Choral Music, December 2015

HYMN-ANTHEMS

GOD OF OUR FATHERS, WHOSE ALMIGHTY HAND [E]
Mack Wilberg
SATB (with divisi) and keyboard
Oxford 978-0-19-338637-2 £2.20
LOVE DIVINE, ALL LOVES EXCELLING [E/M]
David Houlder
SATB and organ
Banks Music Publications ECS576 £1.75
CHRIST WHOSE GLORY FILLS THE SKIES [E/M]
David Halls
SATB and organ
Paraclete Press SKU1519 $1.70
BLEST ARE THE PURE IN HEART [E]
David Barton
SATB and organ
Paraclete Press SKU1515 $1.70
THE KING OF LOVE [E]
David Barton
SATB and piano
Paraclete Press SKU153 $2.20
GOD BE WITH YOU TILL WE MEET AGAIN [E]
Ian Brentnall
SATB and organ
Banks Music Publications ECS579 £1.75
Mack Wilberg’s arrangement of George Warren’s 19th-century American hymn for patriotic occasions, God of our Fathers, is marked ‘with conviction, growing from verse to verse’, starting with tenors and basses in unison, then other verses in different keys, and ending with full eight-part choir. Written for the Mormon Tabernacle Choir, this is ‘heart on your sleeve’ music with obligatory triplets and trumpet fanfares in the accompaniment.
In each of the other anthems, the composer has written his own melody for the first verse of the hymn, and then varied the theme in subsequent verses. The most interesting are by David Houlder (Love divine, all loves excelling) and David Halls (Christ whose glory fills the skies). Using the standard compositional pattern for a three-verse hymn-anthem (verse one unison, verse two harmony and verse three unison and descant), both composers demonstrate creativity in their settings. These two for me are the pick of the bunch: well written and attractive.
David Barton’s settings are very easy and written in a lighter style. Blest are the pure in heart employs a pretty melody but the theme for The King of Love lacks invention. Ian Brentnall’s God be with you till we meet again is very straightforward within a limited vocal range. As an alternative to teaching your choir a ‘hymn-anthem’ such as these, you might try performing a hymn really beautifully in its traditional hymn book setting.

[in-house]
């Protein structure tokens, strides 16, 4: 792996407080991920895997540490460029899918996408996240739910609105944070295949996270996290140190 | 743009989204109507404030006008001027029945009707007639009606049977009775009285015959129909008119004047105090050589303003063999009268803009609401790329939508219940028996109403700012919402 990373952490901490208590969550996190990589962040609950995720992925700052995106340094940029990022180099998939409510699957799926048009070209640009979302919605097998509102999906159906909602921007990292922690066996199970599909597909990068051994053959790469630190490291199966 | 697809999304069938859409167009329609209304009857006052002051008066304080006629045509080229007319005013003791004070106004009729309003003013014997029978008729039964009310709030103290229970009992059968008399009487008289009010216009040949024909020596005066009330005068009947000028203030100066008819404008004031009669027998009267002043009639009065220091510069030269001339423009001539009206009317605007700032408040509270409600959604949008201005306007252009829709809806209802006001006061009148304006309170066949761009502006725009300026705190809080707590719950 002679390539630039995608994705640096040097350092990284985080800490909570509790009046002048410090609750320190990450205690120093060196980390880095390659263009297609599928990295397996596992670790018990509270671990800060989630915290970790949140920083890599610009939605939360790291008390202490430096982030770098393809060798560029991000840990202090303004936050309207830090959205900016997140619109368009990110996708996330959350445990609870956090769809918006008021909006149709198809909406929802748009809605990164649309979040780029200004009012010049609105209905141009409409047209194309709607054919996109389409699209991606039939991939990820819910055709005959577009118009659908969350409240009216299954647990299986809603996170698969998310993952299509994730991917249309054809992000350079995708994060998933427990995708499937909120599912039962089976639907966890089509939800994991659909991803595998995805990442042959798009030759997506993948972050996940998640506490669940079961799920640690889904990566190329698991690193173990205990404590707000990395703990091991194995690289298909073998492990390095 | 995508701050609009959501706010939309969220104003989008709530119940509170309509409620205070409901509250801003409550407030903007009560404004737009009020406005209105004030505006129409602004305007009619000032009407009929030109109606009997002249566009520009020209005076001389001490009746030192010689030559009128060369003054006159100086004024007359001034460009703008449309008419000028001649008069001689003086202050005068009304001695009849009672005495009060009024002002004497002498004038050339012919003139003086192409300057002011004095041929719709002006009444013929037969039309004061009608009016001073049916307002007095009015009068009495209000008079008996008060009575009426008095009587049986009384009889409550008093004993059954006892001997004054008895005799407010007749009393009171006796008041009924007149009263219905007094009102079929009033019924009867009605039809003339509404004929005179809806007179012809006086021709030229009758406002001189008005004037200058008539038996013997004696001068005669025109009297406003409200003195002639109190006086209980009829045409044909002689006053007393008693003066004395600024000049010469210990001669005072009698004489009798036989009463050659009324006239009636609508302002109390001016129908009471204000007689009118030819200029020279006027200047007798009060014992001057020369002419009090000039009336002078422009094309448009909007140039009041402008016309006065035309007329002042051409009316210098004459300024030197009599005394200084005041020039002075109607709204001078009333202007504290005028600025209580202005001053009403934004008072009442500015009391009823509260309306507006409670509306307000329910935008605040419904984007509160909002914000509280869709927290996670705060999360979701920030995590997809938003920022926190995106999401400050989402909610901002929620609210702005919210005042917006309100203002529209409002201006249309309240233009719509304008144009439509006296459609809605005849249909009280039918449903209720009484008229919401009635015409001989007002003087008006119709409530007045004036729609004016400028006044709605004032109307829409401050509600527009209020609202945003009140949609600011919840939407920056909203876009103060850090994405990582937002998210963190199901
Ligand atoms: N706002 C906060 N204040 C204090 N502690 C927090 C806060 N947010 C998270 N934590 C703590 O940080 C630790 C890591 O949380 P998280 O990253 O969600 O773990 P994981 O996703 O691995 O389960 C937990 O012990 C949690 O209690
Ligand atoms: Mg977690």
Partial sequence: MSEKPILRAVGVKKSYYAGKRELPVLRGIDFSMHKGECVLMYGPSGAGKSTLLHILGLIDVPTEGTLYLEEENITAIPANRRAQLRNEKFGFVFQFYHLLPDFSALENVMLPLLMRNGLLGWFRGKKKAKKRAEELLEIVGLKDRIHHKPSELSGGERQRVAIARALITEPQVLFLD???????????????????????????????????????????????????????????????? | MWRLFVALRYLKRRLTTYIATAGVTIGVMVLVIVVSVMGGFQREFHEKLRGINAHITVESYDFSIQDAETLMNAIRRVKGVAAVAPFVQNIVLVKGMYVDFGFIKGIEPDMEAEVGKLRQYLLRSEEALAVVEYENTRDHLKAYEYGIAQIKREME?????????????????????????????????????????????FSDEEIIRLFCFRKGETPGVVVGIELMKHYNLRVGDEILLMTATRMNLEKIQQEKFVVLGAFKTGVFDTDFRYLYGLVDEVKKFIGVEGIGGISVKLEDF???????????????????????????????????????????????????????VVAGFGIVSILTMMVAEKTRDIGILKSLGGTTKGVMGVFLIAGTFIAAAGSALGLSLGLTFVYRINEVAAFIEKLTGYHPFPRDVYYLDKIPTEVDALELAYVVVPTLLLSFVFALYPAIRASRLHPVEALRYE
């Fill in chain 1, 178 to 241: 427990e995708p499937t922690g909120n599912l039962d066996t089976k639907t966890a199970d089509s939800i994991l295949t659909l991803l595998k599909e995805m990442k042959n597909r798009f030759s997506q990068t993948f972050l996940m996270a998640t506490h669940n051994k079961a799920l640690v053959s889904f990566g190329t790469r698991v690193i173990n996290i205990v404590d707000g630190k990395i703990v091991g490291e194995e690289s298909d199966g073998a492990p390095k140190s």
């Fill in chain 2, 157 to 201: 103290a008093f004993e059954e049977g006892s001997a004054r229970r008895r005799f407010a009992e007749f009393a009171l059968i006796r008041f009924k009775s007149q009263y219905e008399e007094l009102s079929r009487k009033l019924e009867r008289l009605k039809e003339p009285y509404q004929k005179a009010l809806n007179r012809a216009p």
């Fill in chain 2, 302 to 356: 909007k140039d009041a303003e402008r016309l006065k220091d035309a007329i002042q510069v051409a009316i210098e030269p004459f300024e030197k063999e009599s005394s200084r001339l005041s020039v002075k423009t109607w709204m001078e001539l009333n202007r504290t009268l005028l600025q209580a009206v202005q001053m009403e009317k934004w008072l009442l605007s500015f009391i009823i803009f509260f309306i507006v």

Gordon Appleton

SATB ANTHEMS

SONG OF CREATION [M/D]
Howard Helvey
SATB 
Oxford 978-0-19-340723-7 £1.60
PRAISE THE LORD [M/D]
David Halls
SATB
Paraclete Press SKU1506 $2.20
BEHOLD, HOW GOOD AND JOYFUL [E/M]
Robert Lehman
SATB 
Paraclete Press SKU1550 $1.70
Of these three unaccompanied anthems, for effective interpretation those by Howard Helvey and David Halls need choirs with excellent intonation and sure rhythmic precision. Song of Creation (text from the US Book of Common Prayer 1979) is the more straightforward of the two, written almost entirely in four parts and with a firm tonal centre. It is marked ‘Allegro con moto’ and time signatures change frequently. There is lots of interest within these 65 bars and nimble choirs will enjoy the challenge.
In similar style, marked ‘Vivace e energico’ but needing more rehearsal time, is Praise the Lord (with text from Psalm 113). For much of the piece, the tenors and basses provide an ostinato with their insistent rhythm. There are huge dynamic variations; sopranos and altos each divide. As well as a very secure rhythmic foundation, choirs need a sure sense of pitch. Commissioned for a secular chamber choir, this a cappella anthem will provide an exuberant end to a concert.
Firmly rooted in E flat major is Robert Lehman’s gentle and chordal setting of the text ‘Behold, how good and joyful a thing it is, brethren, to dwell together in unity.’ This is straightforward and effective.
Gordon Appleton